Demystifying Virtual Currencies

05/01/2018 6:00 am EST


Dan Rutherford

Deputy Director, Office of Customer Education and Outreach, U.S. Commodity Futures Trading Commission


One of the most recent marketplace developments driving a lot of interest is the rise in prominence of virtual currencies, specifically bitcoin. But what exactly are virtual currencies and what are the risks of trading them?

What are virtual currencies?

Virtual currency is a digital representation of value that functions as a medium of exchange, a unit of account, and/or a store of value.  

Some virtual currencies have an equivalent value in other currencies, such as U.S. dollars or euros, or can be traded for other virtual currencies. These are referred to as convertible virtual currencies. Bitcoin is an example of a convertible virtual currency.

When you buy or sell virtual currencies with dollars from your personal wallet, you are buying on the cash or spot market. Virtual currencies can also be purchased through initial coin offerings or ICOs.   

Virtual currencies have been determined to be commodities under the Commodity Exchange Act. While its regulatory oversight authority over commodity cash markets is limited, the U.S. Commodity Futures Trading Commission (CFTC) maintains general anti-fraud and manipulation enforcement authority over virtual currency cash markets as a commodity in interstate commerce.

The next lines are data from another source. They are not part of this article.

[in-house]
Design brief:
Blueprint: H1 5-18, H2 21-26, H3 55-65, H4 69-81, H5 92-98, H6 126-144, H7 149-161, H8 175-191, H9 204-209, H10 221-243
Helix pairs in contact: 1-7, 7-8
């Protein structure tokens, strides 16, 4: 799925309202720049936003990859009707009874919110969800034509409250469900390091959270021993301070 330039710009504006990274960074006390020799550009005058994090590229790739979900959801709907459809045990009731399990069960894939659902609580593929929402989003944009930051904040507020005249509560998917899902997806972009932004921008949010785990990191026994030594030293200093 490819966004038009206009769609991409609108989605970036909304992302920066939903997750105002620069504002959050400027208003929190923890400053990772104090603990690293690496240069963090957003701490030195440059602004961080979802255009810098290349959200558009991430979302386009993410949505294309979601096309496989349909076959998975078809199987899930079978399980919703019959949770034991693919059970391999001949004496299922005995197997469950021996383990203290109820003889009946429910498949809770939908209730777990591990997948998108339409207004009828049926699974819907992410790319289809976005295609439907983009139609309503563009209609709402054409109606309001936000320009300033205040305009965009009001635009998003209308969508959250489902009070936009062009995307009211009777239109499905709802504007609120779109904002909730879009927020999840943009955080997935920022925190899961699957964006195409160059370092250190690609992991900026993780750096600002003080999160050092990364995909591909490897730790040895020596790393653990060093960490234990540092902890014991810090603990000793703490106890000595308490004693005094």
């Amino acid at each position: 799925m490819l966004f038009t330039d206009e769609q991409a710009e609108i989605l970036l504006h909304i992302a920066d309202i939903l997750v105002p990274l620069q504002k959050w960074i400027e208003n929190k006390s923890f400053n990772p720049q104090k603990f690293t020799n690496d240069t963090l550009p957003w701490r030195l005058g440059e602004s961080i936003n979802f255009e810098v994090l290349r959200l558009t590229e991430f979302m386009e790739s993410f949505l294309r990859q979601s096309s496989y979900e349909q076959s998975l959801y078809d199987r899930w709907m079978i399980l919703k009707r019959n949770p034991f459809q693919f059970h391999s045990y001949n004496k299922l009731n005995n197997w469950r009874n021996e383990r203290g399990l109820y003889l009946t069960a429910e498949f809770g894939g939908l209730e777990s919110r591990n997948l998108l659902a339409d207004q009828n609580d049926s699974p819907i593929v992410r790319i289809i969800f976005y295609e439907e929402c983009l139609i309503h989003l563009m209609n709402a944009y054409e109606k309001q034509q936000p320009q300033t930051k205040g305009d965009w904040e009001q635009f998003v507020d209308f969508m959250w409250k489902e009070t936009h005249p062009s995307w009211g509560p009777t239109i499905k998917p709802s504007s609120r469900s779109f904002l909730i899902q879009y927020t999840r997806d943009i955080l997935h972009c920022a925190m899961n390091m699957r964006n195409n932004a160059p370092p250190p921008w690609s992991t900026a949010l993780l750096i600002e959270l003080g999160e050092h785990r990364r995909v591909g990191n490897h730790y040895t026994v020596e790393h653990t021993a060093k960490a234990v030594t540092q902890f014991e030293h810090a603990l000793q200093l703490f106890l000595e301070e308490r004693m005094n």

Risks in buying virtual currencies:

Purchasing virtual currencies on the cash market comes with a number of risks, including:

  • Most cash markets are not regulated or supervised by a government agency.
  • Trading platforms may lack customer protections or safeguards against market manipulation.
  • Extreme price volatility or “flash” crashes.
  • Platforms selling from their own accounts and putting customers at a disadvantage.

Beware of fraud:

There may be no recourse if your virtual currency is stolen.

  • Virtual currencies are commonly targeted by hackers and fraudsters.
  • Do not invest in products you do not understand.
  • There is no such thing as a guaranteed investment or trading strategy.
  • Some initial coin offerings can be used to improperly entice investors with promises of high returns.
  • If someone says they are a broker or advisor, check their registration at

Suspect fraud?

If you believe you may have been the victim of fraud, or to report suspicious activity, contact us at 866-366-2382 or visit

This article was prepared by the Commodity Futures Trading Commission’s Office of Customer Education and Outreach. The article is provided for general informational purposes only and does not provide legal or investment advice to any individual or entity. Please consult with your own legal adviser before taking any action based on this information.

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